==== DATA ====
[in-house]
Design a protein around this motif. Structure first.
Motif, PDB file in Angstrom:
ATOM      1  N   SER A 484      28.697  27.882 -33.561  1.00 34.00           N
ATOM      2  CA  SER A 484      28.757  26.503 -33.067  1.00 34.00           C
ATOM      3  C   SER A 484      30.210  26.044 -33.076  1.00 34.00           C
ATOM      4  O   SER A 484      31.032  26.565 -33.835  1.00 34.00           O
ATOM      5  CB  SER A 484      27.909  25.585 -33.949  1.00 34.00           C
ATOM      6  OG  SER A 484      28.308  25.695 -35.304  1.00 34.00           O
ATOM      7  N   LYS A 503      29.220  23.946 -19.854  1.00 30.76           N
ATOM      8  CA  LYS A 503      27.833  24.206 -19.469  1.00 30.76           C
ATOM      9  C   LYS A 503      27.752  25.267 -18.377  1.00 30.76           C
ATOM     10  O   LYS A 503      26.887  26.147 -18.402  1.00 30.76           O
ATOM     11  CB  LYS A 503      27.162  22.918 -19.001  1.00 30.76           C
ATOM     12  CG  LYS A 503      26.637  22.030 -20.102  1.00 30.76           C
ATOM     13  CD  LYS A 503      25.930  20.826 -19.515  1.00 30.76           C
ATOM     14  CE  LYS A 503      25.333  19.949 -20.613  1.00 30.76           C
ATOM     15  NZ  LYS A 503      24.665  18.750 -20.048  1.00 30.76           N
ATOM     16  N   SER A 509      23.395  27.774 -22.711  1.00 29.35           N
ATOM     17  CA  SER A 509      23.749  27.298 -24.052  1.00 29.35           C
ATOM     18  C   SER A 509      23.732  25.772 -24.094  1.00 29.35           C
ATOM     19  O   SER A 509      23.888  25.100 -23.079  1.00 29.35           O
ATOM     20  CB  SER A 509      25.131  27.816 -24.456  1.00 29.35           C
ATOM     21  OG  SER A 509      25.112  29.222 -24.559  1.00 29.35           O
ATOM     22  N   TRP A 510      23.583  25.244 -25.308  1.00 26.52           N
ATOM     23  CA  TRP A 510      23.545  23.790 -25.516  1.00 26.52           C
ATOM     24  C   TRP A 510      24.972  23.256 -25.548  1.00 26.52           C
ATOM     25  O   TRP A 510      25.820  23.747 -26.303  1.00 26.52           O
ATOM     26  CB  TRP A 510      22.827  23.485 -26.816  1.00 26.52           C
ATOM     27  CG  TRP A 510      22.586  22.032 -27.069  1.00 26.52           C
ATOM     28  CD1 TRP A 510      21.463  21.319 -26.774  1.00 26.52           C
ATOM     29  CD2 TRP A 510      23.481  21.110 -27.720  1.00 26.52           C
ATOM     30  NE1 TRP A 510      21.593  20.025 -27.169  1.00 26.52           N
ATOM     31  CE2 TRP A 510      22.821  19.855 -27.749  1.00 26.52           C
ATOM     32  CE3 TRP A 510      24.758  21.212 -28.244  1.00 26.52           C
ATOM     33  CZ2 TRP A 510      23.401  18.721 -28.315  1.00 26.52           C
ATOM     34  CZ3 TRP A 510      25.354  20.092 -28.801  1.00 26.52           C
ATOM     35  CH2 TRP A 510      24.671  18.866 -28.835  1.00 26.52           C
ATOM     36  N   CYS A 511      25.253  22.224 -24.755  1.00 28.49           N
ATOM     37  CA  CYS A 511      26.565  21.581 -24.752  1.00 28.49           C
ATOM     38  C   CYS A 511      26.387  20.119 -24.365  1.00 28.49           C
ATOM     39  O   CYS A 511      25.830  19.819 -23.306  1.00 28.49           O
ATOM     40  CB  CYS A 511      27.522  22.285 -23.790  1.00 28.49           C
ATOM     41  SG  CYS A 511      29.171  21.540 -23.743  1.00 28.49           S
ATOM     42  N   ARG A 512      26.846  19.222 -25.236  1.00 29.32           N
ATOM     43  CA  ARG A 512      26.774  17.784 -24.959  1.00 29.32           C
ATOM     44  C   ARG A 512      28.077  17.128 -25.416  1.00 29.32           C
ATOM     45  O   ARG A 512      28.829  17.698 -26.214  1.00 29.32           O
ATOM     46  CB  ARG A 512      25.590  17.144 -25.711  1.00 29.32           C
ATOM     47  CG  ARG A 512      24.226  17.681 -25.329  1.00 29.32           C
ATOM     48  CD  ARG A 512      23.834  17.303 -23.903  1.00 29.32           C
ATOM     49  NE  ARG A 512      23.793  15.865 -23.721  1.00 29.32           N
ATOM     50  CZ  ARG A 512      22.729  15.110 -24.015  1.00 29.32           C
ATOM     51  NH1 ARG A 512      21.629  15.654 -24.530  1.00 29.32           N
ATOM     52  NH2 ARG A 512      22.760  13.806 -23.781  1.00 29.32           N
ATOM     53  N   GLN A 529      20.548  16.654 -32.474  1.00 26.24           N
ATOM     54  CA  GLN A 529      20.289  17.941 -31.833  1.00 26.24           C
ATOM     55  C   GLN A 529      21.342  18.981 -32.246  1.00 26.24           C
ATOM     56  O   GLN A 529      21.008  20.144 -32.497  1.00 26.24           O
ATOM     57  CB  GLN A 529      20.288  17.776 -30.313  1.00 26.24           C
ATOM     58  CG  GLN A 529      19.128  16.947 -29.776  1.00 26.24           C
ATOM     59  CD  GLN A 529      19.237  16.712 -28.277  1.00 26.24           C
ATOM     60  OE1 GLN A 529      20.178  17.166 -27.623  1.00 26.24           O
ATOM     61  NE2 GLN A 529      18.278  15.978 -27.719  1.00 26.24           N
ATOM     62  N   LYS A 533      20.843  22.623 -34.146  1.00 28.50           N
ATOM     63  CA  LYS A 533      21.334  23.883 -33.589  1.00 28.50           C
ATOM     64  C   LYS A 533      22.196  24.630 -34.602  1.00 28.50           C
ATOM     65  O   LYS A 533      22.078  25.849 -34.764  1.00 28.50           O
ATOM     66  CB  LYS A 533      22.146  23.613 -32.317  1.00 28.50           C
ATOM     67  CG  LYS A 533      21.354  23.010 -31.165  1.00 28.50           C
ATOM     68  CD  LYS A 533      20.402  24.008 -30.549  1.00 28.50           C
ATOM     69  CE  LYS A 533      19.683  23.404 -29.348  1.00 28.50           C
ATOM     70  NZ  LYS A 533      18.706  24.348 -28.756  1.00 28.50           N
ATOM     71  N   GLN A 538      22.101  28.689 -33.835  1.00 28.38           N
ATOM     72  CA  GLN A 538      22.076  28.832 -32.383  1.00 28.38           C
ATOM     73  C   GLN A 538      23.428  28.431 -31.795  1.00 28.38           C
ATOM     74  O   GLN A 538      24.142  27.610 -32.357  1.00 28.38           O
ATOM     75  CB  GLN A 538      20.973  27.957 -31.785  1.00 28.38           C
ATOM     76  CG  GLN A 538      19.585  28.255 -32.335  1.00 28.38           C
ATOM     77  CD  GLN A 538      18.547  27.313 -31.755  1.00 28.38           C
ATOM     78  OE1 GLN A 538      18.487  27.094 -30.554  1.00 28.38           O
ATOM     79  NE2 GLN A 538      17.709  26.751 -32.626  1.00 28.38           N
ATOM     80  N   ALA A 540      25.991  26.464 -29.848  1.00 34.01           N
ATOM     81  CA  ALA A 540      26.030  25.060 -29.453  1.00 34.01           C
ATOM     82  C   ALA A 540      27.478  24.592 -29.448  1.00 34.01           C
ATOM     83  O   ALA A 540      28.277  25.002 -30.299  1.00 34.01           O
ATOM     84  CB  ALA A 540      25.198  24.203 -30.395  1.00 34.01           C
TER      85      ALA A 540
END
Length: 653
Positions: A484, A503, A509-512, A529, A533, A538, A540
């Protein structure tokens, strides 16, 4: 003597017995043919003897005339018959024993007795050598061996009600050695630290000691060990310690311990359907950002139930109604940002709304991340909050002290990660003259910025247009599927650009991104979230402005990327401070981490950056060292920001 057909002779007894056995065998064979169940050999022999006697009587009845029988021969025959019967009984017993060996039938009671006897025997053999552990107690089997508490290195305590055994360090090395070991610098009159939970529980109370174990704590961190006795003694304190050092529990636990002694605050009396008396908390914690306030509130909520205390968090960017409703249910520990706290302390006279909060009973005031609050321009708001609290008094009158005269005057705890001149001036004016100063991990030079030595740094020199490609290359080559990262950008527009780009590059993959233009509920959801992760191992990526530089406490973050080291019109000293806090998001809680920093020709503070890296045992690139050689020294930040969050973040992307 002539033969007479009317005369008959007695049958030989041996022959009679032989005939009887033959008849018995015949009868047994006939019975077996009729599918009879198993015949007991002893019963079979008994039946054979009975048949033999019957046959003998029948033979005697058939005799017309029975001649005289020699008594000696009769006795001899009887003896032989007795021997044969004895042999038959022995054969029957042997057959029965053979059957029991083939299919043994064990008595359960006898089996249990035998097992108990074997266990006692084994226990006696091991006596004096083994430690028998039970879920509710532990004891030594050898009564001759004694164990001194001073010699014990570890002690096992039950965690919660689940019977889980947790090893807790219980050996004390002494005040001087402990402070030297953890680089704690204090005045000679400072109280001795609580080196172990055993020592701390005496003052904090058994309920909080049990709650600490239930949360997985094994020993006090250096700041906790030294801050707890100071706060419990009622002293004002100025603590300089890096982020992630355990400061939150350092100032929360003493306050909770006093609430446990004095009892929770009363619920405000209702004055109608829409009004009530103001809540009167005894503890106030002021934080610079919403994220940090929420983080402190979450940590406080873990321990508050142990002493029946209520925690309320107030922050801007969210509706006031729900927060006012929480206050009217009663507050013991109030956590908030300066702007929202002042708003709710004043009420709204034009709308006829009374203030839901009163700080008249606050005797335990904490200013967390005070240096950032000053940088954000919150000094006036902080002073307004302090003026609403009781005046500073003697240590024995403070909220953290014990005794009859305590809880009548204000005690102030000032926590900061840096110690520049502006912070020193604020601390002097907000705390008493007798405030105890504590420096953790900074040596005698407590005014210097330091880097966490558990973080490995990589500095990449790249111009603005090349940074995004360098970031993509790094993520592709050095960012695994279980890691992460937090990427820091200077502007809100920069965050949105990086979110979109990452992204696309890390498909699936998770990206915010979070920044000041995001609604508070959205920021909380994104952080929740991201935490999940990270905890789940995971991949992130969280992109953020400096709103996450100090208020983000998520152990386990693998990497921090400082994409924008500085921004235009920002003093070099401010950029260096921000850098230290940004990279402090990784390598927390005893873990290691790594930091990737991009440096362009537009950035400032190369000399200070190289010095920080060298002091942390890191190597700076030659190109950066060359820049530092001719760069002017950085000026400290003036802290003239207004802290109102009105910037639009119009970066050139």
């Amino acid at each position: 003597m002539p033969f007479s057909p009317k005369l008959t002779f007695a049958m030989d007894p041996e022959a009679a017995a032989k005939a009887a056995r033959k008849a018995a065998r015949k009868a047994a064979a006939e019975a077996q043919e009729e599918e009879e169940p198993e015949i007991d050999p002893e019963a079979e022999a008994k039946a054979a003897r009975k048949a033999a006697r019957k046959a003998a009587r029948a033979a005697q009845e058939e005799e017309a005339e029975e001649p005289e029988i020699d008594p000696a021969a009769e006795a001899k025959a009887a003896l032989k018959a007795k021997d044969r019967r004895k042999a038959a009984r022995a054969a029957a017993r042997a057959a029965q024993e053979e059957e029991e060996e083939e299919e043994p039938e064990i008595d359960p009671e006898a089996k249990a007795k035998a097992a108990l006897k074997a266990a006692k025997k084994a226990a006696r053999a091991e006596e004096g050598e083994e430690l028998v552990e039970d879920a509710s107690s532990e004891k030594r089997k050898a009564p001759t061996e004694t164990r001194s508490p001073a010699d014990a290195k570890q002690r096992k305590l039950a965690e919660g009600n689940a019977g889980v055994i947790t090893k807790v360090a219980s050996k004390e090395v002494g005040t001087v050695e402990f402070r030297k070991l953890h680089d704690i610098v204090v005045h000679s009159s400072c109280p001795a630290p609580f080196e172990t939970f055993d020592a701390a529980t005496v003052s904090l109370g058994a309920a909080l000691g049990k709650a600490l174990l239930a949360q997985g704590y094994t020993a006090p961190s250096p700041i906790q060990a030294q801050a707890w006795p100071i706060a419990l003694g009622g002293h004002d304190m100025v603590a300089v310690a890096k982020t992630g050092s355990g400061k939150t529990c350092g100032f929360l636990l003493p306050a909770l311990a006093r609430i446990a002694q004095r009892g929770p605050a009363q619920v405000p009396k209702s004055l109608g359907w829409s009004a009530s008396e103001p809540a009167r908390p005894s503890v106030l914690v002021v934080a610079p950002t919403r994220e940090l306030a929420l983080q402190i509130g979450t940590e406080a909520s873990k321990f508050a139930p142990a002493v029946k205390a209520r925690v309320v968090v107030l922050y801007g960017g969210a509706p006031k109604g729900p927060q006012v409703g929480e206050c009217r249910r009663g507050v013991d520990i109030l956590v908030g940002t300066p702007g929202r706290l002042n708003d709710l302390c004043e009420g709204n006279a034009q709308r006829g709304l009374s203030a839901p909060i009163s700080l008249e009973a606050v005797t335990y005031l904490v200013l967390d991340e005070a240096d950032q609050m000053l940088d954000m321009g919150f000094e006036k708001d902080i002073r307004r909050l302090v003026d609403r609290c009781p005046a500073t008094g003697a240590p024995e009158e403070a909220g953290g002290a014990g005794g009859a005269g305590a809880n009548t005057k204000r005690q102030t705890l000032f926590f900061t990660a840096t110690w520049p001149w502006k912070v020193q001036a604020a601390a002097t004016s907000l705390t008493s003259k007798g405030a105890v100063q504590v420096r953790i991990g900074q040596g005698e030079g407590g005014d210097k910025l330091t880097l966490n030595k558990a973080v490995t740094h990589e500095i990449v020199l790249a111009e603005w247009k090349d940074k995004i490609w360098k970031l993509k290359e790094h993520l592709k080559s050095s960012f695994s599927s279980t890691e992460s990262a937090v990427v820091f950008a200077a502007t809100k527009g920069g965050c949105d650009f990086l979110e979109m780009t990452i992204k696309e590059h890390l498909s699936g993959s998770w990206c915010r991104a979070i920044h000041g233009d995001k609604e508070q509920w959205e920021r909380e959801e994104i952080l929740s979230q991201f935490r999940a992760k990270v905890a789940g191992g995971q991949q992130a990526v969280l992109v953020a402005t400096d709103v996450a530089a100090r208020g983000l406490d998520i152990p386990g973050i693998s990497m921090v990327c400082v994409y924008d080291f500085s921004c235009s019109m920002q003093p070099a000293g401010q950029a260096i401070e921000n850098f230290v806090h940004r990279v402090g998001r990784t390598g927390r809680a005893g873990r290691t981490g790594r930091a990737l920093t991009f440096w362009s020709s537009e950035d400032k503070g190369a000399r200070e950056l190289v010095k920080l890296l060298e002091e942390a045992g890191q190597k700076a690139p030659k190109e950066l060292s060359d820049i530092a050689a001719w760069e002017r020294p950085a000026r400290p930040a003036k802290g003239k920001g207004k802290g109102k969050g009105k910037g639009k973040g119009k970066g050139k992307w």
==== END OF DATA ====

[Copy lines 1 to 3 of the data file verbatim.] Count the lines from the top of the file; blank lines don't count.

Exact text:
[in-house]
Design a protein around this motif. Structure first.
Motif, PDB file in Angstrom: